Inspired by Valentine's Day, Architecture for Humanity's Cameron Sinclair declares his love of architecture in all its forms
It has been a tough time for the profession. Projects have been put on hold, layoffs have been unrelenting and a stagnant industry has put us all on edge. Putting aside the data you’ll realize that regardless of the economy we work in the one industry that continues to be admired the world over. Strangely, admired by almost everyone except by the very people that create it. This Valentine’s Day it is time for us to fall in love again.
Put down the coffee for a moment and spend minutes reminding yourself why you love architecture and, if you feel so bold, let the world know. It could be a building you worked on, a client who made you think differently or a community you’ve helped to transform. It could be the work of a fellow practitioner or perhaps a great space that inspired you to become the person you are today.
I knew when I was six years old. As a kid I used to wander off from the bleak concrete confines of South London, even occasionally ditch school to discover well thought out structures and public spaces that brought life to a community. A decade later while interning for my first firm, I became enamored with the process and the huge hurdles it took to turn a dream to reality. In the late Nineties my career took a left turn and for the past thirteen years I’ve been part of a movement focused on engaging the expertise and experience of the industry for those less fortunate and in communities similar to the one I was brought up in. Every day I get to see architects, engineers and builders working together shaping the environment for the betterment of others. Despite what some in our profession say it is not easy work but it is easy to tell why my architects love architecture. They see it every day and thanks to them, so do I.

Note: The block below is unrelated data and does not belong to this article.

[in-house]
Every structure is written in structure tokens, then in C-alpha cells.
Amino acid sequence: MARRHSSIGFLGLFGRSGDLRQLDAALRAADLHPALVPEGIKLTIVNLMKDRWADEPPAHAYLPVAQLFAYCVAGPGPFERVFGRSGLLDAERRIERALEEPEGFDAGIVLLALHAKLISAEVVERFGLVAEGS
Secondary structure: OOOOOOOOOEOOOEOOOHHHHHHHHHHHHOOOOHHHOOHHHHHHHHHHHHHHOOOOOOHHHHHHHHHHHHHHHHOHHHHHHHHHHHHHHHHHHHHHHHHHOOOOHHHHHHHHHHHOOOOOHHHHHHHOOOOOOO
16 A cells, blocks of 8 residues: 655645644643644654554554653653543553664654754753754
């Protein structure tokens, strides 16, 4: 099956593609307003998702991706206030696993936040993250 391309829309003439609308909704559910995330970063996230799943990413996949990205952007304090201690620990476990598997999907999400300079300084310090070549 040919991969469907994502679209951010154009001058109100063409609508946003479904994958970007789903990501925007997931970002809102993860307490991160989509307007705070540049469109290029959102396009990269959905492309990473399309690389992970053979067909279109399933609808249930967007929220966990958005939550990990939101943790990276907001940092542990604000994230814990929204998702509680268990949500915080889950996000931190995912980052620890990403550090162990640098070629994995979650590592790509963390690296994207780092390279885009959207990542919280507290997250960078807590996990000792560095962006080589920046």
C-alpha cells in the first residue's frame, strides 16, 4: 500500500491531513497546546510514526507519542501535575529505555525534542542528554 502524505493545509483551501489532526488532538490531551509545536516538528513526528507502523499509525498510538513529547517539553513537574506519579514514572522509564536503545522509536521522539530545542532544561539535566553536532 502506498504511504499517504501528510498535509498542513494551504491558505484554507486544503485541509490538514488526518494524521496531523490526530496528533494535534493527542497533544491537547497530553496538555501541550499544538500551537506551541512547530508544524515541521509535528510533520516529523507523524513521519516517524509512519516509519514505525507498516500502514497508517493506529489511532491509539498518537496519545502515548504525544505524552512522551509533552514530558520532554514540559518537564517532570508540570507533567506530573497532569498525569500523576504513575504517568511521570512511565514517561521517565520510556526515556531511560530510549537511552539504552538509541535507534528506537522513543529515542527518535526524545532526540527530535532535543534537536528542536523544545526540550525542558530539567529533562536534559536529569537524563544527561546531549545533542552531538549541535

In the profession of architecture very few of us get to pierce the skies with our creations or get the opportunity to galvanize a community after tragedy or strife. The majority work in the places we live and spend the better part of our careers trying to shape that environment. We care less about inches and more about impact. A true professional know when they have done a great job and continues to push themselves to new levels of achievement. On the rare occasion we get to be a part of a building that stirs desire and wonderment in the hearts and minds of our fellow man. That is the essence of the architect.
So today, take a step back to realize what an incredible job we have. An architect is not an artist but an optimistic realist. Working with a diverse number of stakeholders, the architect extracts need, concern, and dreams, to create a beautiful yet tangible solution that is loved by the users and the community at large. Our work has the ability to effect the lives of billions and rather than cynically fighting with each other for the 1% let’s work together to restore the pride of the profession and find ways to bring great design for the seven billion people that long for great spaces to live, work and play.
For the next 4 months we are running an “I Love Architecture” Campaign and I hope you can join us. My name is Cameron and I love architecture.
Co-Founder and Chief Eternal Optimist, Architecture for Humanity.